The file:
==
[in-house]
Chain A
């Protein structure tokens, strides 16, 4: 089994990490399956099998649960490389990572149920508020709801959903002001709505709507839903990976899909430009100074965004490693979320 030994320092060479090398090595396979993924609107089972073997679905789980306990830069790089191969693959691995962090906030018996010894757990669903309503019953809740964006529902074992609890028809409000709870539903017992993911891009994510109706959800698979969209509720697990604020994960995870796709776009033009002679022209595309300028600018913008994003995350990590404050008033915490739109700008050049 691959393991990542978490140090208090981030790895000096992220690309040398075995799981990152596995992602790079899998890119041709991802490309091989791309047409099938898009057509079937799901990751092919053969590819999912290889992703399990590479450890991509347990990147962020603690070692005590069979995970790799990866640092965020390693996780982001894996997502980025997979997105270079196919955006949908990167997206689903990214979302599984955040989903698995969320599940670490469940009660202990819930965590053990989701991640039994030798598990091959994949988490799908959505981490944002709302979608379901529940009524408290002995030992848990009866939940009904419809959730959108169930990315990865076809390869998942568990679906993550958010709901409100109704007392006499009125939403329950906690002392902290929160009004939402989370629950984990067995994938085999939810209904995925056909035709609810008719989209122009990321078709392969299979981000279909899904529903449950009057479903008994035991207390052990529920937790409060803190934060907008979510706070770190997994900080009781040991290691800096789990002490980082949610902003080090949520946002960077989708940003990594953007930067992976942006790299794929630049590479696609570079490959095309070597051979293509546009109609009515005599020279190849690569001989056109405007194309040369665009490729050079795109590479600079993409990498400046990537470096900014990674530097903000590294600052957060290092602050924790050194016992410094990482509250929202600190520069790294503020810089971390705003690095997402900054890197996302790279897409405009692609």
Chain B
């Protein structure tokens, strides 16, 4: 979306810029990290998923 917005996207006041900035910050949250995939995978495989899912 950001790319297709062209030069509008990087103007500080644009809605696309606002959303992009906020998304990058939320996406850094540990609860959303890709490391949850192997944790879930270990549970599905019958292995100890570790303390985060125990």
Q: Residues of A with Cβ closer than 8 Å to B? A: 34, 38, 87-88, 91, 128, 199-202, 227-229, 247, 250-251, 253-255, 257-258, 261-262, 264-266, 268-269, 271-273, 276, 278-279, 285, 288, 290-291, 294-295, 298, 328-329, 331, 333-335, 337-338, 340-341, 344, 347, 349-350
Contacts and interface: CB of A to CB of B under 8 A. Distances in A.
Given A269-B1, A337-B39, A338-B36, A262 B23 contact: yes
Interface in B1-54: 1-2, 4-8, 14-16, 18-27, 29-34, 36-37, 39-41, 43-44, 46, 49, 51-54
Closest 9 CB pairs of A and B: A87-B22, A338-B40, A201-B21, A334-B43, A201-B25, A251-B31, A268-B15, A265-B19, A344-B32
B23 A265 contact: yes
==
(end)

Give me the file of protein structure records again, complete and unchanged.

[in-house]
Chain A
């Protein structure tokens, strides 16, 4: 089994990490399956099998649960490389990572149920508020709801959903002001709505709507839903990976899909430009100074965004490693979320 030994320092060479090398090595396979993924609107089972073997679905789980306990830069790089191969693959691995962090906030018996010894757990669903309503019953809740964006529902074992609890028809409000709870539903017992993911891009994510109706959800698979969209509720697990604020994960995870796709776009033009002679022209595309300028600018913008994003995350990590404050008033915490739109700008050049 691959393991990542978490140090208090981030790895000096992220690309040398075995799981990152596995992602790079899998890119041709991802490309091989791309047409099938898009057509079937799901990751092919053969590819999912290889992703399990590479450890991509347990990147962020603690070692005590069979995970790799990866640092965020390693996780982001894996997502980025997979997105270079196919955006949908990167997206689903990214979302599984955040989903698995969320599940670490469940009660202990819930965590053990989701991640039994030798598990091959994949988490799908959505981490944002709302979608379901529940009524408290002995030992848990009866939940009904419809959730959108169930990315990865076809390869998942568990679906993550958010709901409100109704007392006499009125939403329950906690002392902290929160009004939402989370629950984990067995994938085999939810209904995925056909035709609810008719989209122009990321078709392969299979981000279909899904529903449950009057479903008994035991207390052990529920937790409060803190934060907008979510706070770190997994900080009781040991290691800096789990002490980082949610902003080090949520946002960077989708940003990594953007930067992976942006790299794929630049590479696609570079490959095309070597051979293509546009109609009515005599020279190849690569001989056109405007194309040369665009490729050079795109590479600079993409990498400046990537470096900014990674530097903000590294600052957060290092602050924790050194016992410094990482509250929202600190520069790294503020810089971390705003690095997402900054890197996302790279897409405009692609």
Chain B
């Protein structure tokens, strides 16, 4: 979306810029990290998923 917005996207006041900035910050949250995939995978495989899912 950001790319297709062209030069509008990087103007500080644009809605696309606002959303992009906020998304990058939320996406850094540990609860959303890709490391949850192997944790879930270990549970599905019958292995100890570790303390985060125990």
Q: Residues of A with Cβ closer than 8 Å to B? A: 34, 38, 87-88, 91, 128, 199-202, 227-229, 247, 250-251, 253-255, 257-258, 261-262, 264-266, 268-269, 271-273, 276, 278-279, 285, 288, 290-291, 294-295, 298, 328-329, 331, 333-335, 337-338, 340-341, 344, 347, 349-350
Contacts and interface: CB of A to CB of B under 8 A. Distances in A.
Given A269-B1, A337-B39, A338-B36, A262 B23 contact: yes
Interface in B1-54: 1-2, 4-8, 14-16, 18-27, 29-34, 36-37, 39-41, 43-44, 46, 49, 51-54
Closest 9 CB pairs of A and B: A87-B22, A338-B40, A201-B21, A334-B43, A201-B25, A251-B31, A268-B15, A265-B19, A344-B32
B23 A265 contact: yes